NPI's Cascadia Advocate

Offering commentary and analysis from Washington, Oregon, and Idaho, The Cascadia Advocate provides the Northwest Progressive Institute's uplifting perspective on world, national, and local politics.

Wednesday, January 26th, 2022

Big news! Meaningful school seismic safety bills have been introduced in the Legislature

This week, we got very encour­ag­ing and hope­ful news that sug­gests momen­tum is build­ing in the Leg­is­la­ture for one of NPI’s top 2022 leg­isla­tive ses­sion priorities.

Rep­re­sen­ta­tive Ger­ry Pol­let and Sen­a­tor David Frockt led bipar­ti­san groups of state law­mak­ers in intro­duc­ing leg­is­la­tion that would final­ly pro­vide mean­ing­ful fund­ing to upgrade many of Wash­ing­ton State’s seis­mi­cal­ly vul­ner­a­ble schools.

The bills (HB 2095 and SB 5933) would cre­ate a school seis­mic safe­ty grant pro­gram, backed by gen­er­al oblig­a­tion bonds that would need to be vot­er-approved in a spe­cial statewide vote to be held this November.

As the bil­l’s intent sec­tion explains:

The leg­is­la­ture finds that a sig­nif­i­cant num­ber of Wash­ing­ton stu­dents in pub­lic school dis­tricts and state trib­al edu­ca­tion com­pact schools attend school in old­er facil­i­ties locat­ed in geo­log­i­cal­ly active areas. Accord­ing­ly, the leg­is­la­ture intends to cre­ate a grant pro­gram to help school dis­tricts and state trib­al edu­ca­tion com­pact schools cov­er the cost of retro­fitting or relo­cat­ing school facil­i­ties locat­ed in high seis­mic areas or tsuna­mi zones.

This per­fect­ly aligns with one of our ten adopt­ed pri­or­i­ties for 2022: Pro­tect youth, teach­ers, and school staff from geo­log­ic haz­ards by pro­vid­ing state fund­ing to replace or repair seis­mi­cal­ly vul­ner­a­ble build­ings.

Wash­ing­ton has wait­ed far too long to take action to address this prob­lem. As Seat­tle Times reporter San­di Doughton explained last fall, our neigh­bors Ore­gon and British Colum­bia are ahead of us in upgrad­ing school build­ings and mak­ing them super resilient so they can be used for com­mu­ni­ty dis­as­ter recovery.

This leg­is­la­tion autho­rizes the sale of gen­er­al oblig­a­tion bonds in the amount of $500 mil­lion “to finance all or a part of the cost” of school seis­mic safe­ty projects “and all costs inci­den­tal there­to.” As men­tioned, the bonds would need to be autho­rized by vot­ers in a statewide elec­tion; that’s due to the Con­sti­tu­tion’s lim­i­ta­tions on state, coun­ty, and munic­i­pal indebtedness.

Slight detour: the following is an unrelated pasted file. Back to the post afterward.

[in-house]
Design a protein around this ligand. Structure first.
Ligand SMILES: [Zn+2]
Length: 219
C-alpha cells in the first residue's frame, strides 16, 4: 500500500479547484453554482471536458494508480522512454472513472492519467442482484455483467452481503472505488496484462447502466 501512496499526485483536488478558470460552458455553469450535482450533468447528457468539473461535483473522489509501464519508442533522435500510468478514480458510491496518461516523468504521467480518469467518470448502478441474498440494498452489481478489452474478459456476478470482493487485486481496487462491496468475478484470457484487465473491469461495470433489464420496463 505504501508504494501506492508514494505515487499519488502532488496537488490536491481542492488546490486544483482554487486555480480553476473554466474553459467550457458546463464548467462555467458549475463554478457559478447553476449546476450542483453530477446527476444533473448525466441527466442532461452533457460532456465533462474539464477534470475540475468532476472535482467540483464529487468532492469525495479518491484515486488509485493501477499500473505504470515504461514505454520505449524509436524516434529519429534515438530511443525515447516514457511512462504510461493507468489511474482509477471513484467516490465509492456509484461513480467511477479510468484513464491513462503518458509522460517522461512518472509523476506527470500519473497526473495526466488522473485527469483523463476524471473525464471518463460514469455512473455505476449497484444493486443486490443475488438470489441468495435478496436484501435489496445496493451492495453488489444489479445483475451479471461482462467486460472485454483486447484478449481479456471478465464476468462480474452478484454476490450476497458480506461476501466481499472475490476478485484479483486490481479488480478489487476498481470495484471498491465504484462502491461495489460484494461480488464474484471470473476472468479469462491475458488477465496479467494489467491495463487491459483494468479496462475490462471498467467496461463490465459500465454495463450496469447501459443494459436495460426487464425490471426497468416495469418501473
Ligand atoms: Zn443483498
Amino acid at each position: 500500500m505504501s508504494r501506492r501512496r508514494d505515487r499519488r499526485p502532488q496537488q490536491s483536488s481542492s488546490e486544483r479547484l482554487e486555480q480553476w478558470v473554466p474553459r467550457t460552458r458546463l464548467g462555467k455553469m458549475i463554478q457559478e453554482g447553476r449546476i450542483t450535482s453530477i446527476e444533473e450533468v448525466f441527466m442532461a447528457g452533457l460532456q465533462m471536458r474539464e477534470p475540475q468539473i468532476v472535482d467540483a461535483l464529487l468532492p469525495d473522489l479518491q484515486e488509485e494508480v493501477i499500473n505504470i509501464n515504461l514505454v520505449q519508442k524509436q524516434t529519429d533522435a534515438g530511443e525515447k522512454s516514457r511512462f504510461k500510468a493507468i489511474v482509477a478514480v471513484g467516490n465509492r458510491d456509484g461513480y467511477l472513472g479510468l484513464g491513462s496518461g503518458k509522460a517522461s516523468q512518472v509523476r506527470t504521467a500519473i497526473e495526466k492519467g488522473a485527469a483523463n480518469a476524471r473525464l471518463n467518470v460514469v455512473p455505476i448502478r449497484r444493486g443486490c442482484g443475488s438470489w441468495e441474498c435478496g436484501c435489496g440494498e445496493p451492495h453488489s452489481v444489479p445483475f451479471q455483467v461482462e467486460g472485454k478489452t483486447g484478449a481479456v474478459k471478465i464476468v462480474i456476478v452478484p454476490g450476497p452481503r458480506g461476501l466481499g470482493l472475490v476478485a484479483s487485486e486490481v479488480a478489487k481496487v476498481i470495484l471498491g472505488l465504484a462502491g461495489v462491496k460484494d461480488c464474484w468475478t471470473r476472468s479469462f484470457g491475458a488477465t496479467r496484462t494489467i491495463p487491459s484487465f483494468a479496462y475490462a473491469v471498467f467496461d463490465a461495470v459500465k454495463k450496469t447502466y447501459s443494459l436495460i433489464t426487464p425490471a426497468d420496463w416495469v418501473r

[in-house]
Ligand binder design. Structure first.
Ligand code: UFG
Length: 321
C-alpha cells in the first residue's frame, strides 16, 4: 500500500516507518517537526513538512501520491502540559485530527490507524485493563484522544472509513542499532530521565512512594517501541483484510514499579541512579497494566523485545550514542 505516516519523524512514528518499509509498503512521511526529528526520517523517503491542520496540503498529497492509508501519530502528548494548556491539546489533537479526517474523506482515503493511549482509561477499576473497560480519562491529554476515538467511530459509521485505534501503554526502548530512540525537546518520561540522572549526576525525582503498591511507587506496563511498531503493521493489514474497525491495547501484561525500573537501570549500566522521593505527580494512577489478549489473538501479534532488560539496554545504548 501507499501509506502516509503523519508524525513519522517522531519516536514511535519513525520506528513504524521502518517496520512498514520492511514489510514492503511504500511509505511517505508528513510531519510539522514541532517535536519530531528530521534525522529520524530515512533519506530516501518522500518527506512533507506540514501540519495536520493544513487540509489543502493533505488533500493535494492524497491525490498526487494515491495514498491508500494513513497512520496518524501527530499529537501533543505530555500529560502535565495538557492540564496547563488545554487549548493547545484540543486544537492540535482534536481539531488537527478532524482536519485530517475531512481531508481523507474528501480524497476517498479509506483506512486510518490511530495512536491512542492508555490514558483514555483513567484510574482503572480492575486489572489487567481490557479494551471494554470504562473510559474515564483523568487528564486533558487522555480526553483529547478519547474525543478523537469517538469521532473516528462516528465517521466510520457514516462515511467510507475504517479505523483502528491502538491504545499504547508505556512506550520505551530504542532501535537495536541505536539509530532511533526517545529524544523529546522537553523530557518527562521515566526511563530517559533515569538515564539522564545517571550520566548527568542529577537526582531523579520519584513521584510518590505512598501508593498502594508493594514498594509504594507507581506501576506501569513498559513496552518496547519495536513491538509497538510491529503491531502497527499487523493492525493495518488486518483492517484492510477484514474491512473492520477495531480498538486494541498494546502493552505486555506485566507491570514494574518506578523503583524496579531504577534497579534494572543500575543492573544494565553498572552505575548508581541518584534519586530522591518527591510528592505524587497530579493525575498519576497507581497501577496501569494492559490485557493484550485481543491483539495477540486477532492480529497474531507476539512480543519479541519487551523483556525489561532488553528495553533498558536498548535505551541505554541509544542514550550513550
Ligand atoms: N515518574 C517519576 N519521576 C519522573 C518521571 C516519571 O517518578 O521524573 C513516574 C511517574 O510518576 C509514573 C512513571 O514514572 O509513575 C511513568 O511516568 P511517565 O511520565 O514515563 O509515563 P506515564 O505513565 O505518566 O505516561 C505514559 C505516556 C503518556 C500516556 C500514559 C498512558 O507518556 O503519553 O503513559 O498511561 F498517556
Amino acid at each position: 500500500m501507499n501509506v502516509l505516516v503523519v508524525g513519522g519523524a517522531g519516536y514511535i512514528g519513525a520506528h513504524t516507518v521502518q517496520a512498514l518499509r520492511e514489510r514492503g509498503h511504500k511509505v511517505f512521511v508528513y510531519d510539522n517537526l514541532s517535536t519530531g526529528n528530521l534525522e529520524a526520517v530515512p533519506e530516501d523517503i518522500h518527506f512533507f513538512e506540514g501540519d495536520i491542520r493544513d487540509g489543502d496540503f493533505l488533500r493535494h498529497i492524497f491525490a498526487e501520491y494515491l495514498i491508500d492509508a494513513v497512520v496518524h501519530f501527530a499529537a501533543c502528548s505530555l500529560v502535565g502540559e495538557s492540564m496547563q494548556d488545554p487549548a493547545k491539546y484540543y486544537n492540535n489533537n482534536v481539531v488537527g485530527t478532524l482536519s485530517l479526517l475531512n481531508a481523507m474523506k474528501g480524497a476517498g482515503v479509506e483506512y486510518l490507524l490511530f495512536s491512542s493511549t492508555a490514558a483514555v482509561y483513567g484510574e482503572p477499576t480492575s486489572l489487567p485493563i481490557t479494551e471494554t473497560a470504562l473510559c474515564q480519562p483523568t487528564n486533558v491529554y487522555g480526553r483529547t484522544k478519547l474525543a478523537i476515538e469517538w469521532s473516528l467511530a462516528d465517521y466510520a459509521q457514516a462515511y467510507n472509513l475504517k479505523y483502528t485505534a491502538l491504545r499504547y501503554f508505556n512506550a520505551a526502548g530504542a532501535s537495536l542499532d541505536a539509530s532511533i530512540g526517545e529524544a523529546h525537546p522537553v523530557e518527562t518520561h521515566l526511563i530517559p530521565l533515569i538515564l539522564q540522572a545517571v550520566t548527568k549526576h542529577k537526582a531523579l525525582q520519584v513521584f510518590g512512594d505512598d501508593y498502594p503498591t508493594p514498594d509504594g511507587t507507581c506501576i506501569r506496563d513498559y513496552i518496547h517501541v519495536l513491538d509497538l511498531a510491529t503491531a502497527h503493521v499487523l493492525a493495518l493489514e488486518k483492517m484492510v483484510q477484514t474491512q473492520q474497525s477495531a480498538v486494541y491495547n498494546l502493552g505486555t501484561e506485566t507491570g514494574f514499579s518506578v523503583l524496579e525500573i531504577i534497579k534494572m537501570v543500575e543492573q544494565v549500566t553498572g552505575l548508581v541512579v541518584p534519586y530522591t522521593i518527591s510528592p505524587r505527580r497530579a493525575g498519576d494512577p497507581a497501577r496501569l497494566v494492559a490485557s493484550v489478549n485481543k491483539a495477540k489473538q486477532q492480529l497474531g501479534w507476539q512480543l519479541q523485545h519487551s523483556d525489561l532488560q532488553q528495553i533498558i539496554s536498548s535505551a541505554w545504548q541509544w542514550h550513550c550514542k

Funds would be dis­trib­uted in phas­es of $100,000,000 per bien­ni­um over five bien­nia, begin­ning with the 2023–2025 bien­ni­um, accord­ing to Sec­tion 5 of the bill. Build­ings con­struct­ed before 1998 that have not received a seis­mic retro­fit to 2005 stan­dards would be eli­gi­ble for grant fund­ing is they are locat­ed in a high seis­mic haz­ard area. The leg­is­la­tion pro­vides tech­ni­cal def­i­n­i­tions for what con­sti­tutes a high risk area, one earth­quake-spe­cif­ic and one tsunami-specific.

Grant appli­ca­tions would be eval­u­at­ed by an advi­so­ry com­mit­tee appoint­ed by the Super­in­ten­dent of Pub­lic Instruc­tion (cur­rent­ly Chris Reyk­dal). The super­in­ten­dent would then pro­pose a list of projects to the gov­er­nor, and they would make appro­pri­a­tions requests to the Leg­is­la­ture after select­ing projects.

Impor­tant­ly, grant amounts would have to be “equal to at least two-thirds of the esti­mat­ed total project cost” (Sec­tion 2, Sub­sec­tion 5ii).

This key pro­vi­sion will ensure that school dis­tricts will get mean­ing­ful finan­cial sup­port from the state, with the state shoul­der­ing most of the cost, as opposed to a token con­tri­bu­tion that would­n’t be enough to actu­al­ly pro­ceed with new build­ings or retro­fits of exist­ing build­ings due to insuf­fi­cient local funding.

The full bill text is below, and avail­able on

Text of Sen­ate Bill 5933 (school seis­mic safety)

Four years ago, NPI asked the Leg­is­la­ture to appro­pri­ate funds to enable the Depart­ment of Nat­ur­al Resources to study the seis­mic risk of the state’s school build­ings. Although the Leg­is­la­ture did not pro­vide all of the fund­ing we asked for, enough was bud­get­ed to enable an ini­tial inven­to­ry to be conducted.

DNR’s Wash­ing­ton Geo­log­i­cal Sur­vey com­plet­ed the work that the Leg­is­la­ture fund­ed last June and deliv­ered a very sober­ing report, which you can read below.

School seis­mic safe­ty leg­isla­tive report from DNR

We took notice of the report, as did for­mer Rep­re­sen­ta­tive Jim Buck, KING5, and The Seat­tle Times, but it did­n’t get the kind of atten­tion that it should have.

Rep­re­sen­ta­tive Pol­let, Sen­a­tor Frockt, and Super­in­ten­dent Reyk­dal, who all care deeply about tak­ing action to fix this prob­lem, have been try­ing to fig­ure out a path for­ward since then, and this leg­is­la­tion is what they’ve come up with. As men­tioned, it has Repub­li­can cospon­sors, which is real­ly encouraging.

The Sen­ate ver­sion will have a hear­ing this com­ing Mon­day in Ways & Means, at 4 PM. I will be speak­ing in sup­port of the bill on NPI’s behalf.

If the leg­is­la­tion is suc­cess­ful, NPI will make pas­sage of the statewide bal­lot mea­sure to autho­rize the bonds its top elec­toral pri­or­i­ty in the 2022 midterms.

We encour­age read­ers to sign in PRO on the bill; you can do that right here.

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One Comment

  1. Thanks, Andrew. Good job.

    # by Jim Buck :: January 27th, 2022 at 5:49 PM

One Ping

  1. […] 5933, prime spon­sored by Sen­a­tor David Frockt (D‑46th Dis­trict: Seat­tle) would cre­ate a school seis­mic safe­ty grant pro­gram to facil­i­tate the retro­fitting or r…. The pro­gram would be backed by $500 mil­lion of gen­er­al oblig­a­tion bonds issued by the […]

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